Target: Rt Hon. Theresa May, Secretary of State for the Home Department
Goal: Ban animal testing for not only household products but their ingredients as well
In 2011, Home Office member Lynne Featherstone voiced her support for a comprehensive ban on animal testing on household products. In spite of her words, the government in the United Kingdom has failed to commit to the ban by continuing to allow animal testing on ingredients used in household products. Tell Secretary of State for the Home Department Theresa May that animal testing in unacceptable for both ingredients and their final products.
When the coalition government in the UK said in 2010 that it planned on ending the use of animal testing for household products, animal activists like those at the British Union for the Abolition of Vivisection (BUAV) rejoiced. However, the recently published legislation that seeks to ban any new licenses from being granted for animal testing on household projects may not be as powerful as they would have hoped. When asked about the new law, Home Office Minister Damian Green said that there was “no authoritative definition of household product” and that the new guidelines would apply to “substances used in the household” on a “case-by-case basis.” Even more troubling than the Minister’s vague language is the fact that most animal testing is done on the ingredients that are ultimately used in these products. The BUAV points out that last year according to government figures, there were no cases of animal testing being used in final household products, making the ban ultimately ineffective.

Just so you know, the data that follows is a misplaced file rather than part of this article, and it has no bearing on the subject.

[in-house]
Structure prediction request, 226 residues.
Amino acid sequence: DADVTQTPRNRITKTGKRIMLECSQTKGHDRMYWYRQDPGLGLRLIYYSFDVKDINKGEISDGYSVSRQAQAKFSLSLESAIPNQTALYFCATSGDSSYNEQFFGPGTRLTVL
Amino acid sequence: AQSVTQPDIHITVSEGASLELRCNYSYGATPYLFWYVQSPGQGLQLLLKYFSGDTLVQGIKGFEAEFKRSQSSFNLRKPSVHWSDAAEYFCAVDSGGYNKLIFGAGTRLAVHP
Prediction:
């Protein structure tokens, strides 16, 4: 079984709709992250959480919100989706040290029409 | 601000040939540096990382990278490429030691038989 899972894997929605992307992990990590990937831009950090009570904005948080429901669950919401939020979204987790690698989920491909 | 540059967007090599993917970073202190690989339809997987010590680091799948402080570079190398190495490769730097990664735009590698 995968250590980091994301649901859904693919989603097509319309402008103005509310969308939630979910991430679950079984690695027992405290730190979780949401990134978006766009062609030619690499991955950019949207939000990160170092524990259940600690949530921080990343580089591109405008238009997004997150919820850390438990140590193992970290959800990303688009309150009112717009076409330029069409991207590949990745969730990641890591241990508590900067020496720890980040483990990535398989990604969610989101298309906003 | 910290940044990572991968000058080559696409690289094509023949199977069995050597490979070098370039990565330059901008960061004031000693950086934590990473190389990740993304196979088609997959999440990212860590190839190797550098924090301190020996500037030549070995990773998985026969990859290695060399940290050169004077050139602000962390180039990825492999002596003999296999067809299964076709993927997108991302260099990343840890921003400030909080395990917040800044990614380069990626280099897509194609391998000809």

But animals, like mice, rats, guinea pigs, and even dogs and rabbits are used to test highly toxic chemicals and additives used in household products. These tests often include force-feeding toxic doses of chemicals or monitoring the effects of high doses on the skin and eyes. Common results of testing are “vomiting, seizures, ulceration, internal bleeding, convulsions and organ damage.” By refusing to define household products or ban the use of animal testing on their ingredients, Minister Damian Green has ignored the plight of these innocent creatures and broken Lynne Featherstone’s pledge to end testing on both products and their ingredients. As the EU moves forward with legislation to end animal testing on cosmetics, join the BUAV in demanding legislation that actually prohibits animal testing on both products and their ingredients with strong and clear language.
The Rt Hon. Theresa May,
In 2011, former Minister Lynne Featherwood said that the government favored a ban on animal testing on household products that would “apply to both finished household products and their ingredients, although in practice mainly the latter are tested.” The recently published legislation on the issue shows a clear shirking of responsibility in favor of vague wording and powerless enforcement by the government. When he was asked to clarify the legislation, Minister Damian Green responded that there was “no authoritative definition of household product” and that the new guidelines would apply to “substances used in the household” on a “case-by-case basis.” Mr. Green’s elusive response shows a incomprehensible neglect of the fact that animal testing is used primarily on the chemicals and additives used in household products. In fact, according to the British Union for the Abolition of Vivisection, no cases of animal testing on finalized household products were reported last year.
This testing takes innocent mice, rats, guinea pigs, dogs and rabbits and forces them to swallow and be sprayed with highly toxic chemicals, resulting in conditions like internal bleeding, convulsions and organ failure. This kind of abuse is absolutely unacceptable. As the EU moves towards a ban on all animal testing in cosmetic products, please place the UK at the forefront of the animal welfare movement by enacting meaningful legislation that actually saves lives. The government has made a promise to the public that it needs to fulfill.
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